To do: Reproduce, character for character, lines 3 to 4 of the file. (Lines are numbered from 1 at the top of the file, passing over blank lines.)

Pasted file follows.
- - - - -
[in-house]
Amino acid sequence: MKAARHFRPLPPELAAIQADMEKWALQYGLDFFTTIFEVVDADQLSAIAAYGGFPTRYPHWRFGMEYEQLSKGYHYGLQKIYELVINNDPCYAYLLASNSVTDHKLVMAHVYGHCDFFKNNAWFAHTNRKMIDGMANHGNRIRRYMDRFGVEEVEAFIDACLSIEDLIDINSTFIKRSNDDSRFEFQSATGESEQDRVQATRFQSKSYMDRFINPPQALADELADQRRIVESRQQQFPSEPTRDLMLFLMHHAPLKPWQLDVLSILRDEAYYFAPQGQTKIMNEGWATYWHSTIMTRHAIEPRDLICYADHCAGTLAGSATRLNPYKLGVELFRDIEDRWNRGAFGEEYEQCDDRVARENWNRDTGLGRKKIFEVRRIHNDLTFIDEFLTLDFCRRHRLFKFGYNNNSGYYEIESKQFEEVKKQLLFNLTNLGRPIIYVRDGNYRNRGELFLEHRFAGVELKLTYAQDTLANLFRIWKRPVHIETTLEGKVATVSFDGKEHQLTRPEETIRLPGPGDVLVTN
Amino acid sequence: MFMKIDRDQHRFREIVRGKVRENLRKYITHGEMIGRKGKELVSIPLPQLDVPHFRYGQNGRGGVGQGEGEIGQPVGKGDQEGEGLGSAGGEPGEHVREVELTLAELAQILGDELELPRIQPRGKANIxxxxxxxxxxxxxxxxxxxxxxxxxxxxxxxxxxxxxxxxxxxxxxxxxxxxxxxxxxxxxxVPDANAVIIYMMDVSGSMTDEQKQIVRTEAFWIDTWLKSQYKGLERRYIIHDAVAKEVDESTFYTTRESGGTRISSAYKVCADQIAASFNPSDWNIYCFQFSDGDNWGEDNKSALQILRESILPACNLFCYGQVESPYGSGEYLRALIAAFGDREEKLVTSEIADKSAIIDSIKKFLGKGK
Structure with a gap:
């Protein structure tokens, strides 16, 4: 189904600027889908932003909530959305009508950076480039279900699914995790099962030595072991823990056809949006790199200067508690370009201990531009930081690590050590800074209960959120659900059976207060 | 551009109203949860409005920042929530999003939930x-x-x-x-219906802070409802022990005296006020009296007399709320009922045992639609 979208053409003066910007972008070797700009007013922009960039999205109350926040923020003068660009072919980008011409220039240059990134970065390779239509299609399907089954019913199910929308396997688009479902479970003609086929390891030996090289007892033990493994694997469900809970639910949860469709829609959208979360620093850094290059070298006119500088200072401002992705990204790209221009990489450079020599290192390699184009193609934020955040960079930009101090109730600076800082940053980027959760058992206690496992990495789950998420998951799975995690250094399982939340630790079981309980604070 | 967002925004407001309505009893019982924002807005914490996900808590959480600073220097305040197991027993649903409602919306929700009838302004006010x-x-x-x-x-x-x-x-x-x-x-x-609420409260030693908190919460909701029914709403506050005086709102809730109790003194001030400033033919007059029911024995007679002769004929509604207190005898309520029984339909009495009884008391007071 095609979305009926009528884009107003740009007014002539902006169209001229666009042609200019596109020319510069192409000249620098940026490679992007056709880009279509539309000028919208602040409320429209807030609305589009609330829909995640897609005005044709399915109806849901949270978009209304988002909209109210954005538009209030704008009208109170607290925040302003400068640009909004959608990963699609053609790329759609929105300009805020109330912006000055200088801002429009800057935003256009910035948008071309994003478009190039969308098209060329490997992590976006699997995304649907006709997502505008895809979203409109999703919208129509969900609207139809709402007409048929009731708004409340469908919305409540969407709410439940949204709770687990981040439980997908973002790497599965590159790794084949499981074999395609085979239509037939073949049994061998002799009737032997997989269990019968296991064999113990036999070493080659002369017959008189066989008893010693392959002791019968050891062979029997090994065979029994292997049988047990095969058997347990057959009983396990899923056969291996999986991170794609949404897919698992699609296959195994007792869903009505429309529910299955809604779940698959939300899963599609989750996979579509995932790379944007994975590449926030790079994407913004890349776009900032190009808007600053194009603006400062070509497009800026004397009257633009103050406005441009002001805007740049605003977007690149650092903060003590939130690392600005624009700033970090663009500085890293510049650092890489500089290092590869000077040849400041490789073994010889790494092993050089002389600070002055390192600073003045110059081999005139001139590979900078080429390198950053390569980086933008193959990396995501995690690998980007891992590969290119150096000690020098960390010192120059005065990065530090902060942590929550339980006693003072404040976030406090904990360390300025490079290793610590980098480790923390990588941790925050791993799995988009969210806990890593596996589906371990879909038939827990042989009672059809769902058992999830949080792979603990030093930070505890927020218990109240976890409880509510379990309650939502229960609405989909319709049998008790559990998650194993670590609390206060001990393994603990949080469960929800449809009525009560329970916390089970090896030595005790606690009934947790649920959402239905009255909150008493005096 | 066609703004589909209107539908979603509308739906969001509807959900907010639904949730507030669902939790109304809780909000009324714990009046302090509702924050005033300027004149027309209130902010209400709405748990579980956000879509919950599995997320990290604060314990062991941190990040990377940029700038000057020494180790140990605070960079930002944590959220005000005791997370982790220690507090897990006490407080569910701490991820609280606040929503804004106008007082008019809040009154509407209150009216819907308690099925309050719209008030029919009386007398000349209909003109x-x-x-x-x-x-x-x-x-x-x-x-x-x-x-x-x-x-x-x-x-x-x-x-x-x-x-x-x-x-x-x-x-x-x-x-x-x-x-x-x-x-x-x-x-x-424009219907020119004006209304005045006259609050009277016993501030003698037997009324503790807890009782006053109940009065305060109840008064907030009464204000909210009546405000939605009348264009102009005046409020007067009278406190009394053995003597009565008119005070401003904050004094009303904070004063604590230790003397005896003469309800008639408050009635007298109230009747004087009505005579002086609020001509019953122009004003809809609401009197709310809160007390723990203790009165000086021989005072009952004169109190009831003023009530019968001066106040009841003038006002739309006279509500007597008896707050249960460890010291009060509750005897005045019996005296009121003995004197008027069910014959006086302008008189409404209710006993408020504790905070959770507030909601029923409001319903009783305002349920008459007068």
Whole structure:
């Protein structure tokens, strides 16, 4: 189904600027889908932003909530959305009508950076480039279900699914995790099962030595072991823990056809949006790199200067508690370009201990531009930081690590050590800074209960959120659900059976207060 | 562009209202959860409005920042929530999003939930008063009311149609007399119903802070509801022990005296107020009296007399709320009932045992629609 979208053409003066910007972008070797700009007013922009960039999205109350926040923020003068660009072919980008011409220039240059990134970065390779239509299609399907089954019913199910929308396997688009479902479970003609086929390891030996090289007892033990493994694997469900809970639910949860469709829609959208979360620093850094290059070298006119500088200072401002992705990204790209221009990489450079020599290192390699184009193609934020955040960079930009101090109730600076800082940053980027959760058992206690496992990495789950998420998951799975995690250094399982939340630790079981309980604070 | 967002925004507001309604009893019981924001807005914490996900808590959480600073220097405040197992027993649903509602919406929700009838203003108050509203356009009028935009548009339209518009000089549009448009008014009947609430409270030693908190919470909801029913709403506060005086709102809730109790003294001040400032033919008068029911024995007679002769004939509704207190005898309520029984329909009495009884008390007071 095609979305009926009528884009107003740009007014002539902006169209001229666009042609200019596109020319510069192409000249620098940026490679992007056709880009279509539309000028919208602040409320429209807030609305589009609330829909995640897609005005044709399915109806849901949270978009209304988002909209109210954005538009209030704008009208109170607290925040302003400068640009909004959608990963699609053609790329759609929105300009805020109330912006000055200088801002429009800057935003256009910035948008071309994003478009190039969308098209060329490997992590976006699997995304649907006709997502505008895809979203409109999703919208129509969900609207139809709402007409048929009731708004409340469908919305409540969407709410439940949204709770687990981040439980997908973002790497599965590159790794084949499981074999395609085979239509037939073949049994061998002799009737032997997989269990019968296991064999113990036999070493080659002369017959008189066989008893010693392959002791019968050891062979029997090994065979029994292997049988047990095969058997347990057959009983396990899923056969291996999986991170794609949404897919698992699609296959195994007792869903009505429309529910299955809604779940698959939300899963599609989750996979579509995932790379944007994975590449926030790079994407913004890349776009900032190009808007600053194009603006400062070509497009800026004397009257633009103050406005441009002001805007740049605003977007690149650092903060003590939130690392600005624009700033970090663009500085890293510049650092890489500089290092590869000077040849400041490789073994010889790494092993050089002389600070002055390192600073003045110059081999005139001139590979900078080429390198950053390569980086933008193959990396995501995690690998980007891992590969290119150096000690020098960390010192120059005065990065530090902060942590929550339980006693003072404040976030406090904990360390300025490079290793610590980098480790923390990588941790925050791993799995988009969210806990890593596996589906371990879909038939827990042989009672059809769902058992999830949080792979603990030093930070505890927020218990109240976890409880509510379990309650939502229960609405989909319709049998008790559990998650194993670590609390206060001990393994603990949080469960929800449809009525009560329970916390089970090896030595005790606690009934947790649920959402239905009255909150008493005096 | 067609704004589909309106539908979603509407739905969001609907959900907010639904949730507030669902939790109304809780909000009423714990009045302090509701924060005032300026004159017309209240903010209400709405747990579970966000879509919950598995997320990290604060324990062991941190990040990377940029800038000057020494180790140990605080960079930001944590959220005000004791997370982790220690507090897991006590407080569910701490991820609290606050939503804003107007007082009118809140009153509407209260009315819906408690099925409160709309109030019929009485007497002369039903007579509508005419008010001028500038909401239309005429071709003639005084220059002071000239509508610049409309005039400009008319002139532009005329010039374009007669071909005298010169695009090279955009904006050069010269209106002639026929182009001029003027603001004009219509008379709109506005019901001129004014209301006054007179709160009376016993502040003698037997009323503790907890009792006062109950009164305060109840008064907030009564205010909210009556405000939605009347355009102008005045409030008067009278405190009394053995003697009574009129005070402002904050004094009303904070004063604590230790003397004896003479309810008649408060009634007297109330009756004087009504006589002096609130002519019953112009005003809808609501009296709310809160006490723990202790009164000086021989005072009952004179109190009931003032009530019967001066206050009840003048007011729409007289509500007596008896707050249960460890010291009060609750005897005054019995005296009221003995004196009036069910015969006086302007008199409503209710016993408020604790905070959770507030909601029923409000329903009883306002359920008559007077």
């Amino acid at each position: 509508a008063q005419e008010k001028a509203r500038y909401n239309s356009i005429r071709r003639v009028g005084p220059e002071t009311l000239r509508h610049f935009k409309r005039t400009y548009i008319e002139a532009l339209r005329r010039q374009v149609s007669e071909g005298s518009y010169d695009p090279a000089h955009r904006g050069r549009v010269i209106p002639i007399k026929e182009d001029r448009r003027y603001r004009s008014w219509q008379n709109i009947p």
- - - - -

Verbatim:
Amino acid sequence: MFMKIDRDQHRFREIVRGKVRENLRKYITHGEMIGRKGKELVSIPLPQLDVPHFRYGQNGRGGVGQGEGEIGQPVGKGDQEGEGLGSAGGEPGEHVREVELTLAELAQILGDELELPRIQPRGKANIxxxxxxxxxxxxxxxxxxxxxxxxxxxxxxxxxxxxxxxxxxxxxxxxxxxxxxxxxxxxxxVPDANAVIIYMMDVSGSMTDEQKQIVRTEAFWIDTWLKSQYKGLERRYIIHDAVAKEVDESTFYTTRESGGTRISSAYKVCADQIAASFNPSDWNIYCFQFSDGDNWGEDNKSALQILRESILPACNLFCYGQVESPYGSGEYLRALIAAFGDREEKLVTSEIADKSAIIDSIKKFLGKGK
Structure with a gap: